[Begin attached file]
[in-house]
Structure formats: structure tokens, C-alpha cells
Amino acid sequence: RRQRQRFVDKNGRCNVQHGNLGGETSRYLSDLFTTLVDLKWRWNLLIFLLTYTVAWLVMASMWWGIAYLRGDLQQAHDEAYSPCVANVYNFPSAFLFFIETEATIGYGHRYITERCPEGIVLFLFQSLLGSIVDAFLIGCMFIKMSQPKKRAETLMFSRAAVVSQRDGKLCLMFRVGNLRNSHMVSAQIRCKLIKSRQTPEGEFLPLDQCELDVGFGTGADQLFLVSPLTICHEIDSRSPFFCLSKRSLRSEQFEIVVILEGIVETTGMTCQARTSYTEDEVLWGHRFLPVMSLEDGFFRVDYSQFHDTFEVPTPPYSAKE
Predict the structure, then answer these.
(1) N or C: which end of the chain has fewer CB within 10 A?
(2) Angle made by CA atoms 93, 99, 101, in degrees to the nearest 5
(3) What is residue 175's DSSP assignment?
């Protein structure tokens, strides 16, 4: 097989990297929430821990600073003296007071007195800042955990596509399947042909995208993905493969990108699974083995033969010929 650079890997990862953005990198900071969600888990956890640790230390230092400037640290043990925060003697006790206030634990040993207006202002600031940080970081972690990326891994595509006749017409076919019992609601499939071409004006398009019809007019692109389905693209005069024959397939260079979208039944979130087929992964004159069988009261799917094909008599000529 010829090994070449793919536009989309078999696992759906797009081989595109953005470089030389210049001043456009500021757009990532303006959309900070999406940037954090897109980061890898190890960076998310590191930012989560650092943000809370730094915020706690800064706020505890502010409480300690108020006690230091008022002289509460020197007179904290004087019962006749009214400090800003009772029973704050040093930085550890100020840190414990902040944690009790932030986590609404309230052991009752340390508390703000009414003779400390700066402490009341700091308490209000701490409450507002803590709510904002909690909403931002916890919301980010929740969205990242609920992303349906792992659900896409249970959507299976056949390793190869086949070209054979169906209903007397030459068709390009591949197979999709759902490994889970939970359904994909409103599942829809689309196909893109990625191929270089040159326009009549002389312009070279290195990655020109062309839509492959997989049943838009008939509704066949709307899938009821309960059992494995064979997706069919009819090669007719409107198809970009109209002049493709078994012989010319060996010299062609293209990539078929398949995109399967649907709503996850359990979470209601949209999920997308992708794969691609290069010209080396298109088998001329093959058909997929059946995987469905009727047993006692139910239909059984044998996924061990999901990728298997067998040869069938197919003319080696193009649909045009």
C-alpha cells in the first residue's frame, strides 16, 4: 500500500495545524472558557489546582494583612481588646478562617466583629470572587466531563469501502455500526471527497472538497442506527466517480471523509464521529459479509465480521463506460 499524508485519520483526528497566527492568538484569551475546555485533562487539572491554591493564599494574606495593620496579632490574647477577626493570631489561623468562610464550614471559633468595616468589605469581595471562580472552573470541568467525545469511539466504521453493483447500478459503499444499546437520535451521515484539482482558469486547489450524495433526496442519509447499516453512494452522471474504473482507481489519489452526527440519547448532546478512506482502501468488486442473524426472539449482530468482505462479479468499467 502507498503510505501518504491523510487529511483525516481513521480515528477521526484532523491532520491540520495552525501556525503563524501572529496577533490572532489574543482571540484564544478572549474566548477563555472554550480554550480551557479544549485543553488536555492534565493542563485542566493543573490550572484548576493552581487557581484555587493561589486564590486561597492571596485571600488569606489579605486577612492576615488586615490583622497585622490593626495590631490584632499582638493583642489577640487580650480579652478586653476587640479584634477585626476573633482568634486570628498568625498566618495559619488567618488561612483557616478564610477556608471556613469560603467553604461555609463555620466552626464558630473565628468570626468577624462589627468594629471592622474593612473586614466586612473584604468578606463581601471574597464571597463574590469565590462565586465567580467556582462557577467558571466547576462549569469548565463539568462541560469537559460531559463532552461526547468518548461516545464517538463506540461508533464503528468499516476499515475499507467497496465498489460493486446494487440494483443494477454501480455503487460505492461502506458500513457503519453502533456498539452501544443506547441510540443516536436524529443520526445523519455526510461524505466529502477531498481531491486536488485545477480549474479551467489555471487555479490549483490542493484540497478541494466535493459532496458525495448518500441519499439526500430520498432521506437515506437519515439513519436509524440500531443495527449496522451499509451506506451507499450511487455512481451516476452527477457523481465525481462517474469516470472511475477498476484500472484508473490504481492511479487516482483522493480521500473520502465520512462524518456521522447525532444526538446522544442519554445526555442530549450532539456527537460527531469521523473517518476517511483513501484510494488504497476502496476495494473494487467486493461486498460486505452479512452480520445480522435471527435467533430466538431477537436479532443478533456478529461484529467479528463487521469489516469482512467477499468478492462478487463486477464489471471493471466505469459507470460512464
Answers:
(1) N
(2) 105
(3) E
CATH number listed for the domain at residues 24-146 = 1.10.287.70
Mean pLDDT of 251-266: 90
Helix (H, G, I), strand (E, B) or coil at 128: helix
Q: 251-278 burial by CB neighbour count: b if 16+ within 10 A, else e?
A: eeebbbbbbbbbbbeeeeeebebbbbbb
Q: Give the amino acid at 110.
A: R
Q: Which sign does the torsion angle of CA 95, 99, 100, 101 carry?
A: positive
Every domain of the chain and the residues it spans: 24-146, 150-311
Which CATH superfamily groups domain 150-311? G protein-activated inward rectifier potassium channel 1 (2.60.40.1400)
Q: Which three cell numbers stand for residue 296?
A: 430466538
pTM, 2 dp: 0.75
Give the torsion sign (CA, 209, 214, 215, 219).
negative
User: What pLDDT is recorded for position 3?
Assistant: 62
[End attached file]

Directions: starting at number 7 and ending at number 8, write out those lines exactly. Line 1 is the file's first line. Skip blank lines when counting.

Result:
(3) What is residue 175's DSSP assignment?
């Protein structure tokens, strides 16, 4: 097989990297929430821990600073003296007071007195800042955990596509399947042909995208993905493969990108699974083995033969010929 650079890997990862953005990198900071969600888990956890640790230390230092400037640290043990925060003697006790206030634990040993207006202002600031940080970081972690990326891994595509006749017409076919019992609601499939071409004006398009019809007019692109389905693209005069024959397939260079979208039944979130087929992964004159069988009261799917094909008599000529 010829090994070449793919536009989309078999696992759906797009081989595109953005470089030389210049001043456009500021757009990532303006959309900070999406940037954090897109980061890898190890960076998310590191930012989560650092943000809370730094915020706690800064706020505890502010409480300690108020006690230091008022002289509460020197007179904290004087019962006749009214400090800003009772029973704050040093930085550890100020840190414990902040944690009790932030986590609404309230052991009752340390508390703000009414003779400390700066402490009341700091308490209000701490409450507002803590709510904002909690909403931002916890919301980010929740969205990242609920992303349906792992659900896409249970959507299976056949390793190869086949070209054979169906209903007397030459068709390009591949197979999709759902490994889970939970359904994909409103599942829809689309196909893109990625191929270089040159326009009549002389312009070279290195990655020109062309839509492959997989049943838009008939509704066949709307899938009821309960059992494995064979997706069919009819090669007719409107198809970009109209002049493709078994012989010319060996010299062609293209990539078929398949995109399967649907709503996850359990979470209601949209999920997308992708794969691609290069010209080396298109088998001329093959058909997929059946995987469905009727047993006692139910239909059984044998996924061990999901990728298997067998040869069938197919003319080696193009649909045009």